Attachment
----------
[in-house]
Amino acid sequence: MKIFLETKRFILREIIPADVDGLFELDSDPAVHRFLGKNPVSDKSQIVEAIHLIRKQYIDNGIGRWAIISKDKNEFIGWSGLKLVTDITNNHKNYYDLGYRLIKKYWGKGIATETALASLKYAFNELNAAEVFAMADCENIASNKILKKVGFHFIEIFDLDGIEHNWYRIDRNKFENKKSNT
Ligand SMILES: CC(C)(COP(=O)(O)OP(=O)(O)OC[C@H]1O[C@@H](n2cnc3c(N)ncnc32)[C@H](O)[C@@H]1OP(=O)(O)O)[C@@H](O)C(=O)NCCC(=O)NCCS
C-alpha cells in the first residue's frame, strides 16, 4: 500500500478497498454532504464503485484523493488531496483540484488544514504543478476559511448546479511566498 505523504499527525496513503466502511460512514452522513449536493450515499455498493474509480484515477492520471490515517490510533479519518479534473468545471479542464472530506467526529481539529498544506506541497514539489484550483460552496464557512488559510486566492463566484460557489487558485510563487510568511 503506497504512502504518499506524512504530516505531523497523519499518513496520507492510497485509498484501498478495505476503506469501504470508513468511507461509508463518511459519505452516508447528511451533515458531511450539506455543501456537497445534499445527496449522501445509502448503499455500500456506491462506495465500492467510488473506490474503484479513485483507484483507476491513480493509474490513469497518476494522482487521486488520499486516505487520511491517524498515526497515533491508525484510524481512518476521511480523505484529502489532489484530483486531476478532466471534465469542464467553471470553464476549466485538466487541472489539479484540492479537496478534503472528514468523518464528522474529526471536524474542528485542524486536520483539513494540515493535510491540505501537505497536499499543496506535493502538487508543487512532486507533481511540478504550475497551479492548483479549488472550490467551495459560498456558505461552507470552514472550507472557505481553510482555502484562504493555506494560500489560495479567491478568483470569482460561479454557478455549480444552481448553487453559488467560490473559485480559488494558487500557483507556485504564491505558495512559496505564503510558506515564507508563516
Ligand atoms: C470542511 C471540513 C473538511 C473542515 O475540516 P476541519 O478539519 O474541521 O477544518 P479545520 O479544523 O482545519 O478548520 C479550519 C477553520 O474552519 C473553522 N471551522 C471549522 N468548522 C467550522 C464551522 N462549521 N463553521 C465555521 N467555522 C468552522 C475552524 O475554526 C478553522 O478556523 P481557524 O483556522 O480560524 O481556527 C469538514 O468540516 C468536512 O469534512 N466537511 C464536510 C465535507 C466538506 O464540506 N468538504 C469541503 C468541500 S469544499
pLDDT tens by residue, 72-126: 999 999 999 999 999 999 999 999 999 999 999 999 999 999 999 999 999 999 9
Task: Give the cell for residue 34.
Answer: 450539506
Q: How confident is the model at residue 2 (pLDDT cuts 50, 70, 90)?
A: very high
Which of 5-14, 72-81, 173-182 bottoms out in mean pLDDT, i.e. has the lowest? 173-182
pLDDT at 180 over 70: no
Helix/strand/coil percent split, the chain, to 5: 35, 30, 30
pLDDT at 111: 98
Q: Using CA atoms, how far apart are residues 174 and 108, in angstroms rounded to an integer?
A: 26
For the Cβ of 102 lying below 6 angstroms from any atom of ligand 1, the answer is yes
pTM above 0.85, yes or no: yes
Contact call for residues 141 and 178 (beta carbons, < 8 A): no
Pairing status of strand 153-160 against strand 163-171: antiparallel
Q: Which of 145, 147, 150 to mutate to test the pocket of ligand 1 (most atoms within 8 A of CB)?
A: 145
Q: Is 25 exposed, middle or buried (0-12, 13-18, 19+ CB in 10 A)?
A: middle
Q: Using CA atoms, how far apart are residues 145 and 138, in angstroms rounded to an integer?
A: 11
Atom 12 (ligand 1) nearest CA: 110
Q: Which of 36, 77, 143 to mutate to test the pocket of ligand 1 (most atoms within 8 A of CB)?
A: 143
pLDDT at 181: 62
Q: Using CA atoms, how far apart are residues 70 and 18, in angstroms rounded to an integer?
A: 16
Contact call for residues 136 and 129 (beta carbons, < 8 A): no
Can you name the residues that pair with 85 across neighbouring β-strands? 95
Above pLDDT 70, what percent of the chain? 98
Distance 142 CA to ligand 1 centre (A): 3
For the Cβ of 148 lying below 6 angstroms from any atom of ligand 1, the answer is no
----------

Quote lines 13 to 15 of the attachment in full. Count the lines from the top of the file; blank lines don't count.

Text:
Helix/strand/coil percent split, the chain, to 5: 35, 30, 30
pLDDT at 111: 98
Q: Using CA atoms, how far apart are residues 174 and 108, in angstroms rounded to an integer?